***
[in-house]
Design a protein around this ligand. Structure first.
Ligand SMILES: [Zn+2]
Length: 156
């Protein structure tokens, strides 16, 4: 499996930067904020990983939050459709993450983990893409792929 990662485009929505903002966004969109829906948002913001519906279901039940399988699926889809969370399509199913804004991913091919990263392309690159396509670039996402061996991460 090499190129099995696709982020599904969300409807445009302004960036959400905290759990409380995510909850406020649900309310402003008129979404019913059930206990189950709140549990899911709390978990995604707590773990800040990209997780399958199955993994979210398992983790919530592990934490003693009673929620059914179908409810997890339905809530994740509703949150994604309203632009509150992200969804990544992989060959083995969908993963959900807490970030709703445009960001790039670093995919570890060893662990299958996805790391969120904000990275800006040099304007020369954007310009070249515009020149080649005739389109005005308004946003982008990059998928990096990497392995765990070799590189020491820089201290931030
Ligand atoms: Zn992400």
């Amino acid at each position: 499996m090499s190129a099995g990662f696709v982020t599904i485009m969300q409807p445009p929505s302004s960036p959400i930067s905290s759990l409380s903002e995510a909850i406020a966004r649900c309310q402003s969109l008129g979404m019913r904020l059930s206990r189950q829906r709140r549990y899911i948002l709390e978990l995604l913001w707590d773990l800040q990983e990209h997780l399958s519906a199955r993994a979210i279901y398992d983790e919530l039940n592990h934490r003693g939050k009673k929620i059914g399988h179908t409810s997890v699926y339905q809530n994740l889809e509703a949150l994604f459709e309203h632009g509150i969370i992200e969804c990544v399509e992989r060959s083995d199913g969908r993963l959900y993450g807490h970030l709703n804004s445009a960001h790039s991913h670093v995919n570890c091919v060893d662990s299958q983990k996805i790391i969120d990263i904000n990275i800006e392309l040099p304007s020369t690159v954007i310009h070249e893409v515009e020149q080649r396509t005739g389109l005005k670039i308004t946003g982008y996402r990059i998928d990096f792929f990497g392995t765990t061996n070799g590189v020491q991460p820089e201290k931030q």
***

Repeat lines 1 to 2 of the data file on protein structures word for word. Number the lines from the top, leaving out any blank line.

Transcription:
[in-house]
Design a protein around this ligand. Structure first.